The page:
Stephanie Harpe joined Jesse Lipscombe on stage as they hosted the virtual #MakeItAwkward Summit last week.
Lipscombe, an actor and activist who lives in Edmonton, began the #MakeItAwkward campaign four years ago. He was filming a public service announcement in Edmonton when he was confronted by people who rolled down their car window and hurled a racial slur at him.
Lipscombe is Black. He confronted the carload of people by asking them why they would say such a thing. They denied having said anything, but as they sped off, they said it again. It was captured on video which Lipscombe shared and the reaction was incredible.
“MakeItAwkward allows us to have a different choice in the face of discrimination than anger or silence,” said Lipscombe. “There’s the middle ground of questions. Be inquisitive. Just ask why.
“Change has never been easy, but it doesn’t have to be aggressive. It doesn’t have to be mean. It can be inclusive,” he said.
The need to make that change is also inclusive, said Harpe, a member of the Fort McKay First Nation.
“The blatant genocide, the blatant racism and the way it bleeds into our everyday, so it’s relatable to not only Indigenous and Black people, but to anyone of colour,” said Harpe.
Harpe is the survivor of a murder attempt. She is also an activist and advocate for murdered and missing Indigenous women and girls. Her mother Ruby Anne McDonald was murdered in Edmonton in 1999. Presently she does online support work for the Institute for the Advancement of Aboriginal Women and leads her own virtual safety and wellness clinics.
“We’re seeing the dust-up of the oppression right now. So it’s really dusting up for everyone and we’re at the time we don’t need to talk anymore,” said Harpe.
By now, people know what the issues are, she said, and if they aren’t aware it’s because they don’t want to be part of the solution.
“Now we want to see action. We have to make more noise. We have to create bigger platforms,” said Harpe.
That’s what the #MakeItAwkward Summit on Dec. 10 was all about. It brought together people virtually to share their stories.
Among the Indigenous people to speak were two Amazing Race Canada contestants-Anthony Johnson and Ashley Callingbull.
Johnson and his partner Dr. James Makokis won the race in 2019, while Ashley Callingbull and her father Joel Ground finished third in the race in 2016. Dr. Lana Whiskeyjack also spoke.
Johnson spoke about an incident that occurred when he and Makokis were sitting in a mall having coffee “socially distanced, of course” because it was during the coronavirus pandemic. They were approached at two different times by Indigenous people who recognized them and asked them for monetary help. Makokis gave the two men a total of $5. Soon, the couple was approached by a security guard and asked if they were dealing drugs.
“Meanwhile, James and I, sitting there, dressed very well, minding our own business, having a cup of coffee, we’re incredibly offended because of a normal interaction, because of interacting with our own people and our own ways. Somebody from outside of us looked and said, `They’re selling drugs.’ That’s what racism looks like. It could be as simple as accusing someone of something that’s not true based on a preconceived notion,” said Johnson.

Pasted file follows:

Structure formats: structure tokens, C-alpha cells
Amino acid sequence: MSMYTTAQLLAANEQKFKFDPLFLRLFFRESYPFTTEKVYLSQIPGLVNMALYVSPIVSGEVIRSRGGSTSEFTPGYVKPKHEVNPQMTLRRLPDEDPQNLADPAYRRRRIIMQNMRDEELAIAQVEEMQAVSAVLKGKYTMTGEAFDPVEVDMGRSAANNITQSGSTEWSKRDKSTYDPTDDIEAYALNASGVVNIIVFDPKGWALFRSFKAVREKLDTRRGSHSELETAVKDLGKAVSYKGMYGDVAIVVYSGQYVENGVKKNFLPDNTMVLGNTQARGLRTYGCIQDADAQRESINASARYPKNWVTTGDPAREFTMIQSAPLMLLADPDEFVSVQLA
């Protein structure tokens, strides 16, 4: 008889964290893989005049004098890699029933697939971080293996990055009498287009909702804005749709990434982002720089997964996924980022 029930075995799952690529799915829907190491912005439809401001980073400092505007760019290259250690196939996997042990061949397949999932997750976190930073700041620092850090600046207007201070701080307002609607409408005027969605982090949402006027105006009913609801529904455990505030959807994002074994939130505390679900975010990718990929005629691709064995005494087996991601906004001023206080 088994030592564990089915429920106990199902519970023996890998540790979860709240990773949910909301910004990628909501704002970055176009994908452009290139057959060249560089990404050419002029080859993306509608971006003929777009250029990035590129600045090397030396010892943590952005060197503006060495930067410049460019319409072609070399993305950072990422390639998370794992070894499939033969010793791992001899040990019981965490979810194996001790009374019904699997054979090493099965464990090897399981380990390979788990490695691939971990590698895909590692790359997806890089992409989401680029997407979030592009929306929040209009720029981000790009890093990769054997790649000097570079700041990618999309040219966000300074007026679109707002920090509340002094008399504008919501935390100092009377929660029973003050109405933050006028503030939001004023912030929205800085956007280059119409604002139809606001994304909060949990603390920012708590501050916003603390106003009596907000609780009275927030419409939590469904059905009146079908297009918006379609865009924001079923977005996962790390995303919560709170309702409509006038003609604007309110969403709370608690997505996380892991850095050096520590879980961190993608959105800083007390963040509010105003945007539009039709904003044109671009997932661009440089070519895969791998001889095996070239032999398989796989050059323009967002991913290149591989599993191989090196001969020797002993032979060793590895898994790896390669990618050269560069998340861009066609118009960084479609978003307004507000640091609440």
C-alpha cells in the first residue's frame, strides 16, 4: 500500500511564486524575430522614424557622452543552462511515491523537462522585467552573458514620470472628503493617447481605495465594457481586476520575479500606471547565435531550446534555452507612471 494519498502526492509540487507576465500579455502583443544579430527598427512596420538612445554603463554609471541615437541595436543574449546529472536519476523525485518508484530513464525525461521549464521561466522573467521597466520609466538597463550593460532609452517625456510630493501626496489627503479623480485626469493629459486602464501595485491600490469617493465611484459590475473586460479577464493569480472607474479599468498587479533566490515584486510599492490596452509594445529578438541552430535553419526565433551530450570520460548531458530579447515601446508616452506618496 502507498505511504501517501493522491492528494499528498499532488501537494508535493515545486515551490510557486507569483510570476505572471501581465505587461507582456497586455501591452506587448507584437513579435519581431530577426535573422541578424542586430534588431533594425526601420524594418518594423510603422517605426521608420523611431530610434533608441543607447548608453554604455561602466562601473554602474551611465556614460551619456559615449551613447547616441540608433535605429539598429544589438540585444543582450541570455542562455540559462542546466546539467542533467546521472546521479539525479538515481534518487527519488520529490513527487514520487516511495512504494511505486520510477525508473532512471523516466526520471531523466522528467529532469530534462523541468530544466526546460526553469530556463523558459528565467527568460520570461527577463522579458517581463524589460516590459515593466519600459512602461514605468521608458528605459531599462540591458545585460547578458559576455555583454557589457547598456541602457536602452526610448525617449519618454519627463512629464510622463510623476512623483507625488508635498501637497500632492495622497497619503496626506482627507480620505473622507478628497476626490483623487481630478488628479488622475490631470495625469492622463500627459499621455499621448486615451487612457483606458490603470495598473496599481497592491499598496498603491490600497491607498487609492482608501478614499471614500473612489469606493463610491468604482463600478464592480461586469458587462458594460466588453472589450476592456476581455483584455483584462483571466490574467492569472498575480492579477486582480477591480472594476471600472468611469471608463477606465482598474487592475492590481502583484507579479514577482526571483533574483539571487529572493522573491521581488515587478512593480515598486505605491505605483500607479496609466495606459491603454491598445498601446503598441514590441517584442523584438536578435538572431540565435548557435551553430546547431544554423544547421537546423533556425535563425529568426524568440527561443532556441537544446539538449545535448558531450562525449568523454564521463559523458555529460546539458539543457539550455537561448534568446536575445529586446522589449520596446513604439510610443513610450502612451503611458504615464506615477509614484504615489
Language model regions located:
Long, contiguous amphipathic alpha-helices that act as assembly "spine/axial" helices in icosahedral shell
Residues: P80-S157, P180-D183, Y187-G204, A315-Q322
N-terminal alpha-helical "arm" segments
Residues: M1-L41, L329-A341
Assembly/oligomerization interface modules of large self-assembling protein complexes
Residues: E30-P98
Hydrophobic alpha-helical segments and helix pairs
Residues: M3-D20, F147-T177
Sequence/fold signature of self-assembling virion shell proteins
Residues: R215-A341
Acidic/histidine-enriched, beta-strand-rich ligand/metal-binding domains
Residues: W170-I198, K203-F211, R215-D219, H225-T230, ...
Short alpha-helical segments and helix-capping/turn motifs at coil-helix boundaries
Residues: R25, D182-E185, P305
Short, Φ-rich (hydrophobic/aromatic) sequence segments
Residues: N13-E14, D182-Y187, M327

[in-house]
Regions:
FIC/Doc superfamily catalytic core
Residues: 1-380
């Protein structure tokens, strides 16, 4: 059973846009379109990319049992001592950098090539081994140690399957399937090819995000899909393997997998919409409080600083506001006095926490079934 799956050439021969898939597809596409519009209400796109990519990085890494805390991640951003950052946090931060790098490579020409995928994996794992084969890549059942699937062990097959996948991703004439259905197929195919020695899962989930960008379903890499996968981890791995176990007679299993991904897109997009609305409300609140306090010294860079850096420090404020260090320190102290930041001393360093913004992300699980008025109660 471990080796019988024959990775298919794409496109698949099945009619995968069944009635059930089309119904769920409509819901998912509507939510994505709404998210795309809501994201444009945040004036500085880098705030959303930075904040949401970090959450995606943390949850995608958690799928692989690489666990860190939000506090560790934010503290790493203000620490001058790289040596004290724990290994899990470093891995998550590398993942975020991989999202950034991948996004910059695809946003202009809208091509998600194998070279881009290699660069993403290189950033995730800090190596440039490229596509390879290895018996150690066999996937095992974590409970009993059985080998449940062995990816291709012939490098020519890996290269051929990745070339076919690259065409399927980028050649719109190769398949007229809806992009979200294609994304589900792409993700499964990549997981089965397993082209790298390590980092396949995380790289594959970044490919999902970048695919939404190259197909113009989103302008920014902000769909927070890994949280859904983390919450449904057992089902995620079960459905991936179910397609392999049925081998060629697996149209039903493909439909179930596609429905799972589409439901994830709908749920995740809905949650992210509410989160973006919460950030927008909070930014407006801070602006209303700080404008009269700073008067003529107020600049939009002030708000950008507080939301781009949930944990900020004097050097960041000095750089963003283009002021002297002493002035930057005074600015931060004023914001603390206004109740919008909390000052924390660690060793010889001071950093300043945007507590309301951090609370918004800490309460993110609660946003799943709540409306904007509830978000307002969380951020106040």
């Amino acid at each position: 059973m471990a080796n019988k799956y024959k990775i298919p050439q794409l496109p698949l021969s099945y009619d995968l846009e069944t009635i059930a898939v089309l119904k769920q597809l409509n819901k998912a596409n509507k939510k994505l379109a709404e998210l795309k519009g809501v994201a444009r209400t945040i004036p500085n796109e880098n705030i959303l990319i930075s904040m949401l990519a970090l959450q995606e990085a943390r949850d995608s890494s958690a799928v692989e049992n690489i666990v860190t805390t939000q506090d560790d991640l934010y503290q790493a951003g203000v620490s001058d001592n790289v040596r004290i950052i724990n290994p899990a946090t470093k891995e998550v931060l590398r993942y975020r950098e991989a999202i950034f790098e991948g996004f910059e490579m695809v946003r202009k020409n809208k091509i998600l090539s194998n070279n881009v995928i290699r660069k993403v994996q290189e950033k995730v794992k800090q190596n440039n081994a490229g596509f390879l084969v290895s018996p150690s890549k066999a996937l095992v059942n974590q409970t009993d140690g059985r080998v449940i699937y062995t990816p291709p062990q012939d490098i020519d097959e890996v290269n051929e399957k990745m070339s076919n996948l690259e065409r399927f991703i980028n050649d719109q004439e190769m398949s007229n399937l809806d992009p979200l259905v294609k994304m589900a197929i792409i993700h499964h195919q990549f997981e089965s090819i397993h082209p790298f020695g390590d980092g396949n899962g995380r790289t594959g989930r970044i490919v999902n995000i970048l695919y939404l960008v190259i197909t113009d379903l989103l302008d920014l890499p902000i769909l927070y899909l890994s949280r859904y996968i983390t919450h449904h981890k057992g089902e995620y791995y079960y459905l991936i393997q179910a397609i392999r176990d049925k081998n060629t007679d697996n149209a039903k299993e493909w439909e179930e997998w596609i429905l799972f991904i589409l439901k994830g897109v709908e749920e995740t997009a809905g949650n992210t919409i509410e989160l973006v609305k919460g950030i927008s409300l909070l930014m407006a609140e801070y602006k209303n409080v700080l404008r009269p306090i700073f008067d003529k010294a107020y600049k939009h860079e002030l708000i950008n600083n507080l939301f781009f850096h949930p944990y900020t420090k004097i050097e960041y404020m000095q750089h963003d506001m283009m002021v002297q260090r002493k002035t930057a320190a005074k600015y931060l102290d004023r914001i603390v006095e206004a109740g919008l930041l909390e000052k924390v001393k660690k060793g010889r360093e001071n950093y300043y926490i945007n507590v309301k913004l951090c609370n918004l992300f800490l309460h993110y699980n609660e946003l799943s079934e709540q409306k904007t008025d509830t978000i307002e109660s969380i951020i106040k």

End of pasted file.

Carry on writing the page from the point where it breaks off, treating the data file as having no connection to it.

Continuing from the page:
Callingbull talked about coming from a difficult and traumatic childhood to entering her first Miss Universe pageant in Toronto. The Toronto media scoffed at her talent as the pageant’s first Native woman, suggesting she would either chug Lysol or sign welfare cheques with her toes.
“Killed hearing that because it was just so disgusting thinking one of my proudest moments someone had to go say something like thatâ€¦. Right away, people wanted a response, but they wanted an angry response. and I was not going to give them that,” she said.
Then in 2015, she was crowned Mrs. Universe and she used the spotlight to bring attention to the issues she cared about: murdered and missing Indigenous women and girls and the fear that she might become one; the broken foster care system; the impacts of Indian residential schools; the Third World conditions First Nations were living in; and the need to protect the environment.
“It’s sad that it took a beauty queen to say it â€¦ and it was raw and controversial, but I’m so glad I did it, because it opened the doors. It opened people’s eyes to see what was really happening in our country,” said Callingbull.
Words like these, said Harpe, reached the ears of those who tuned into the summit.
“I got an amazing amount of people, strangers, white rural Alberta, telling me that they `did not know that truth. I did not know Indigenous people went through this. I did not know that Black people went through this every single day, when it comes to employment or finding an apartment or getting the simplest things, going to the store’,” said Harpe.
“We got really great positive responses from people who were stuck in their racism, people who were stuck in that ignorance and came out the other side saying, `I’m changed. I know the truth now and I would like to help. I would like you to know you changed my heart and I will change others’.”
Harpe credits Lipscombe’s philosophy that change doesn’t have to be done in an aggressive manner.
“We were touching on something that was so important, yet so ugly and delivered that in a good way. We started out with ceremony with Elder Elsie Paul in a good way,” said Harpe.
She said she believes the world has had enough and is embracing change.
“We need to keep moving forward. It’s more dangerous living in it than not doing anything about it,” said Harpe.
“I feel the good is going to really outweigh the hate. The love is really going to outweigh the hate and that’s what I’m seeing.”
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